Poets’ Corner: Erika Gordon For Valentine’s Day

Nothing is in stone about the Christian martyr who was buried near Rome on February 14. There were a number of different Saint Valentines: even Pope Gregory had no clue who the guy was when he established a feast in his name in the fifth century. Historians assume the pontiff made that move to white-wash the pagan holiday of Lupercalia, an ancient Roman tradition of worshipping the goat lord Pan (known as Faunus in the Roman cosmology), to rid the city of evil spirits and restore fertility. A dog and a goat were usually sacrificed; salt cakes were burned by vestal virgins; and a good time was had by all. Fast forward to 17th-century Great Britain, when Valentine’s Day became popularly celebrated across the pond. Americans began exchanging hand-made cards and other tokens of affection by the early 1700s. And today? As his barbs hit their mark, Cupid continues to do his happy dance. And poet Erika Gordon, yes the very same whom we hear from about Telluride Film Fest activities in town, tells the abiding, underlying truth of it all in a hard-hitting, un-frilly voice: true love has to begin with self-acceptance, aka, self-love.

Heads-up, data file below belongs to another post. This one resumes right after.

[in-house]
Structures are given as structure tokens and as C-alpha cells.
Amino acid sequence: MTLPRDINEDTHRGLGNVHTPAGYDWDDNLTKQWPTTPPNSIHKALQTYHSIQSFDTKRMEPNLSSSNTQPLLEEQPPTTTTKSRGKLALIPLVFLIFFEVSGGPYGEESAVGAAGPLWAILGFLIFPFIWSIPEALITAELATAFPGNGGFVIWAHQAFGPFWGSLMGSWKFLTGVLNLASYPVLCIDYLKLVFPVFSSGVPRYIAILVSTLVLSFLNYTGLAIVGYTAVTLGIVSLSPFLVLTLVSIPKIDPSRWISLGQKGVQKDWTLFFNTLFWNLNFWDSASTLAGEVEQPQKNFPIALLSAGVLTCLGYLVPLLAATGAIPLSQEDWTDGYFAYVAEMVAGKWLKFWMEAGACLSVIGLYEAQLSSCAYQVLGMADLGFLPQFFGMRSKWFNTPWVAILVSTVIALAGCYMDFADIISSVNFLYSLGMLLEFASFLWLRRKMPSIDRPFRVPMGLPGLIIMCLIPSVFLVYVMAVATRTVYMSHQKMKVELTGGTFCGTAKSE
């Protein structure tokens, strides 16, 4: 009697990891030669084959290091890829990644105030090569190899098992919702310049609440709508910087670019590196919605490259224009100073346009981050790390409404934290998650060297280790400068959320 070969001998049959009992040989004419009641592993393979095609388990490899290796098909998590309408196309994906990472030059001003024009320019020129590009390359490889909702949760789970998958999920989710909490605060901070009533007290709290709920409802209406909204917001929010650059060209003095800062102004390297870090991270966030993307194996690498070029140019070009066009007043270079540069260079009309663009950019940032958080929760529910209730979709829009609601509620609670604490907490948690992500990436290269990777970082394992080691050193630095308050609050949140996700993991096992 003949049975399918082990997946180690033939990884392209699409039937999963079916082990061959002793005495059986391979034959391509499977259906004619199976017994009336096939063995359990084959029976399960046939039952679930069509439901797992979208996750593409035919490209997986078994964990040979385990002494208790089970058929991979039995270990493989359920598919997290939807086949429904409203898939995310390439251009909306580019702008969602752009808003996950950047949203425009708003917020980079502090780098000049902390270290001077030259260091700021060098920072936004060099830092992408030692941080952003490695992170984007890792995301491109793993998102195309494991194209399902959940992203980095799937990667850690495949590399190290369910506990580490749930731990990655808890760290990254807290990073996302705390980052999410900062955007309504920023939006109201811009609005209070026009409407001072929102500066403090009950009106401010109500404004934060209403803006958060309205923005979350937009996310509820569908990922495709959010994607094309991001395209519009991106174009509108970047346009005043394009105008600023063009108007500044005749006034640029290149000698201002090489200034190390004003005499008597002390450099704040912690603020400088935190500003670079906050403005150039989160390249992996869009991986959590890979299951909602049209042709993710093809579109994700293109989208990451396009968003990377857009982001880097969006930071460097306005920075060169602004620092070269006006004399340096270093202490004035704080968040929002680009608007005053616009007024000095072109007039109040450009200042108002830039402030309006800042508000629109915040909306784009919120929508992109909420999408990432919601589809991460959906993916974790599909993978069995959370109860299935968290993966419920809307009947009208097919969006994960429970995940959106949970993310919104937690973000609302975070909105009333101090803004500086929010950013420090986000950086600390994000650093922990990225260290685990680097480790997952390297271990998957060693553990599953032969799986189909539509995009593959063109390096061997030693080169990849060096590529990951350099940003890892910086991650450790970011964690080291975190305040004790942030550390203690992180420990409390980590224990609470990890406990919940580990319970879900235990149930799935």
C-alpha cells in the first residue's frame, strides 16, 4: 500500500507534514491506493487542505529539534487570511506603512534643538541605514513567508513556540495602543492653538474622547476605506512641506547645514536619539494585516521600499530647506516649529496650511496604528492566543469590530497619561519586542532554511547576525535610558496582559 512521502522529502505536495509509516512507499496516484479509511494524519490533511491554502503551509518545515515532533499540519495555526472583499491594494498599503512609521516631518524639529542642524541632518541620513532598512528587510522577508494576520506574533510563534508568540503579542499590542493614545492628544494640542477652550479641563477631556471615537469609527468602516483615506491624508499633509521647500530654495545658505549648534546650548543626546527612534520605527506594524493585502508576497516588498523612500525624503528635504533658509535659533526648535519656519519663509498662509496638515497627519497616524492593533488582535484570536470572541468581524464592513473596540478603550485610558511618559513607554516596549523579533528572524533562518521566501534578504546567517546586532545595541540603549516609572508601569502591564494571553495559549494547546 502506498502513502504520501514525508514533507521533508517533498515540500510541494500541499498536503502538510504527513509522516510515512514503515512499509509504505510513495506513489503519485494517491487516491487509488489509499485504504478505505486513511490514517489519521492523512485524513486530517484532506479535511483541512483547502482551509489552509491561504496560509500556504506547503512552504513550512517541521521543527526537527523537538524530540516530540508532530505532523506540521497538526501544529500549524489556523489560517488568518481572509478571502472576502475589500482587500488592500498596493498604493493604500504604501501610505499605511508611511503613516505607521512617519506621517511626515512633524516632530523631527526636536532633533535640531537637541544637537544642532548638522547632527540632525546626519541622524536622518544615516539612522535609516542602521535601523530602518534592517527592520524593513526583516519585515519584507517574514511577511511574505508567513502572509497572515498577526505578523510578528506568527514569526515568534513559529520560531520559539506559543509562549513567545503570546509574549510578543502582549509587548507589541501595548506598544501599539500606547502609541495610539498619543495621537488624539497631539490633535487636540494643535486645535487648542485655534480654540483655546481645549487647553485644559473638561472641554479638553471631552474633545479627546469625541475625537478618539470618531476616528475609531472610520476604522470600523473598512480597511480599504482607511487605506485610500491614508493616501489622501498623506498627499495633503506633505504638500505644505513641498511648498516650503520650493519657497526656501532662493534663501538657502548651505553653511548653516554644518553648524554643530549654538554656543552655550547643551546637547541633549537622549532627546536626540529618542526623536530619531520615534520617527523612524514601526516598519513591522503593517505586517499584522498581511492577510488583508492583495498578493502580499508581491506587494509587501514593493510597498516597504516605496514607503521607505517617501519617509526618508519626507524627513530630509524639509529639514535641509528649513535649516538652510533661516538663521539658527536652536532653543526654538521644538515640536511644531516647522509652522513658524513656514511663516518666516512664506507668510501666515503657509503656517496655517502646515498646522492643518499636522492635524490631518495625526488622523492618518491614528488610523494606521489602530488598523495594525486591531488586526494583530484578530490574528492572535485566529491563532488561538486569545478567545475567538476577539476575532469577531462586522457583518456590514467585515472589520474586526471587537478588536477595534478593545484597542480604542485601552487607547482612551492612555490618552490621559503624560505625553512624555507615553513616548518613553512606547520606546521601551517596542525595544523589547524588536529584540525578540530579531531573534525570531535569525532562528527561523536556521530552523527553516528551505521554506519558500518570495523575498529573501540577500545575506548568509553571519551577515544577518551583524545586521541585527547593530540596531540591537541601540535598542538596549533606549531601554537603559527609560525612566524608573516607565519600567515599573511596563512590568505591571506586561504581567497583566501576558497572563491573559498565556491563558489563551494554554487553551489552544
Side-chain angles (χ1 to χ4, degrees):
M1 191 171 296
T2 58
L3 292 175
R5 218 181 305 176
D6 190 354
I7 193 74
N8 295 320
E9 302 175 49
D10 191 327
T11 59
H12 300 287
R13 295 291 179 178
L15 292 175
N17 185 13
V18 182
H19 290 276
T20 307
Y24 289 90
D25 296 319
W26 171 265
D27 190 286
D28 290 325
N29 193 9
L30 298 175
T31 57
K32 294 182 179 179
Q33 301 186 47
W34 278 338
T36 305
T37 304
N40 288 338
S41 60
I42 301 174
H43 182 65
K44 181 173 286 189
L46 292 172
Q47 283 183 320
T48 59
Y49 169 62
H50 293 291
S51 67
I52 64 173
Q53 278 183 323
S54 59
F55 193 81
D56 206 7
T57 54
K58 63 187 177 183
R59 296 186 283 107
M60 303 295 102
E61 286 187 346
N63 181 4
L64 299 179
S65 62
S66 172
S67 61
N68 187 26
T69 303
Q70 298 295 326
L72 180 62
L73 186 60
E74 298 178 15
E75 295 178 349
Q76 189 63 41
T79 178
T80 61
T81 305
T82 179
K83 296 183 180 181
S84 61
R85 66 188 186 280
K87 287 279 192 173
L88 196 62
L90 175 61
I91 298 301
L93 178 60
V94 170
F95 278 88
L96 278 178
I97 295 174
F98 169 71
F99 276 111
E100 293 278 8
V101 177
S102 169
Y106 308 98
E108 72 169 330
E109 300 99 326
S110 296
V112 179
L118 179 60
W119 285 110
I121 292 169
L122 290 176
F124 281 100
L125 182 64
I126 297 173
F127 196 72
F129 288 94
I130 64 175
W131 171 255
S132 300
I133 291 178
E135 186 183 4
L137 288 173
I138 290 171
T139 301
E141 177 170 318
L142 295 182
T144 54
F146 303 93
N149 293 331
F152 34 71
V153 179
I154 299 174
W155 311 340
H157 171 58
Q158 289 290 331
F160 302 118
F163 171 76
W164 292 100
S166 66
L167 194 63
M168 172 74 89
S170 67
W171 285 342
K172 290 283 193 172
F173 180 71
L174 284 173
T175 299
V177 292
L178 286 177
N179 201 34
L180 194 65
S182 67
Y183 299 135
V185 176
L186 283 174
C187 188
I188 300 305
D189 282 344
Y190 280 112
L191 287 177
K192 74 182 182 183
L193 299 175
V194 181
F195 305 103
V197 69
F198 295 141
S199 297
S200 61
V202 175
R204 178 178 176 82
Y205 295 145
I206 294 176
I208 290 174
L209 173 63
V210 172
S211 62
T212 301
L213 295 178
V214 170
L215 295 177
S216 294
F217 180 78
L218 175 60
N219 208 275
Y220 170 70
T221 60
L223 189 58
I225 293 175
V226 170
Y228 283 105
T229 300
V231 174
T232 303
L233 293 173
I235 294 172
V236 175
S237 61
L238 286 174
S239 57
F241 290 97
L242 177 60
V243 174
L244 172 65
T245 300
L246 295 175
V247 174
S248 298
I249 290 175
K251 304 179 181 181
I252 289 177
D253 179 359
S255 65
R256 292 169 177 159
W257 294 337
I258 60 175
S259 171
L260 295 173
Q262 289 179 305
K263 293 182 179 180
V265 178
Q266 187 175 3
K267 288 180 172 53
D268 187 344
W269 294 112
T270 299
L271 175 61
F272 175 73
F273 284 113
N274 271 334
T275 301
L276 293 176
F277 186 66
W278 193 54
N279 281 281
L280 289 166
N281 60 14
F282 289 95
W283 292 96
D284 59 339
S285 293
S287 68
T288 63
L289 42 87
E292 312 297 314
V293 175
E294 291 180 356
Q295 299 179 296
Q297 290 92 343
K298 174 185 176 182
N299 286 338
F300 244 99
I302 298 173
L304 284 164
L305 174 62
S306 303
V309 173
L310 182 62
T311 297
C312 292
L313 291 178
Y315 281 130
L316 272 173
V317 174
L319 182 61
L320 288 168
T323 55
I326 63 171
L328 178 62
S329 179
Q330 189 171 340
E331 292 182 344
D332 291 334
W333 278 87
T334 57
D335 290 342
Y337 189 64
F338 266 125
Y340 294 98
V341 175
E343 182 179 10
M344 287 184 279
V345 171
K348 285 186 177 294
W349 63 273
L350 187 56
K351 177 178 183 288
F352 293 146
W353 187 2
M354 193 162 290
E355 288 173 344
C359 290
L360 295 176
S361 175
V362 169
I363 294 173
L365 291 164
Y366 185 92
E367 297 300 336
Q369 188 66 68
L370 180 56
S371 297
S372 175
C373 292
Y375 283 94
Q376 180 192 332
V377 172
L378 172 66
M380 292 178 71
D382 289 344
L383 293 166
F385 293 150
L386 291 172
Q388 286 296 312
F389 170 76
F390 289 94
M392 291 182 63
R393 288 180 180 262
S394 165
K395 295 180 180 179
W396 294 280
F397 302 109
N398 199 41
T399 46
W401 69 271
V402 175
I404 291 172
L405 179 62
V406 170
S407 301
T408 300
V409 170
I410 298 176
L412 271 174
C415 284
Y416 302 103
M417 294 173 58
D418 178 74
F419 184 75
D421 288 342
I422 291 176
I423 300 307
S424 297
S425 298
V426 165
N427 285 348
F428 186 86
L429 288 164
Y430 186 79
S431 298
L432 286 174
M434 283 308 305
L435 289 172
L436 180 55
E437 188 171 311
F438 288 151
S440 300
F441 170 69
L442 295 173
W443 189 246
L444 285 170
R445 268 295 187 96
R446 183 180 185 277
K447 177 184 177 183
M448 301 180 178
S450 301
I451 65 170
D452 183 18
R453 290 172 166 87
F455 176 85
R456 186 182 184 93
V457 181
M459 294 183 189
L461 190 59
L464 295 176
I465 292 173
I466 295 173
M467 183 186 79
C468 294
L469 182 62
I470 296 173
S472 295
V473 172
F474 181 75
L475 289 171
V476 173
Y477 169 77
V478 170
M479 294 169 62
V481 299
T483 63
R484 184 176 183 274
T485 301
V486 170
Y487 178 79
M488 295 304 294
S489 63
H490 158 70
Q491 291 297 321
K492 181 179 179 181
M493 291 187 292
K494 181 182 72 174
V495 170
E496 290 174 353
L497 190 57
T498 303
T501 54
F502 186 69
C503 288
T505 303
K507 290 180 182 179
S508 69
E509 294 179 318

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Be the Love

When the dust gathers,
sweep the floor,
when the soil dries,
water the plants,
when mouths are hungry,
bake the bread,
when fear rises up,
tuck in the children,
when you need to be heard,
listen,
when you need to know,
ask the question,
when it gets dirty,
wash the dishes,
when it gets dark,
throw back the curtains,
when nighttime falls,
greet the day,
if you cannot comprehend,
speak only the truth,
if the door closes,
open your palms,
if you lose your way,
walk the path,
if it is love you seek,
be the love.

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Erika Moss Gordon

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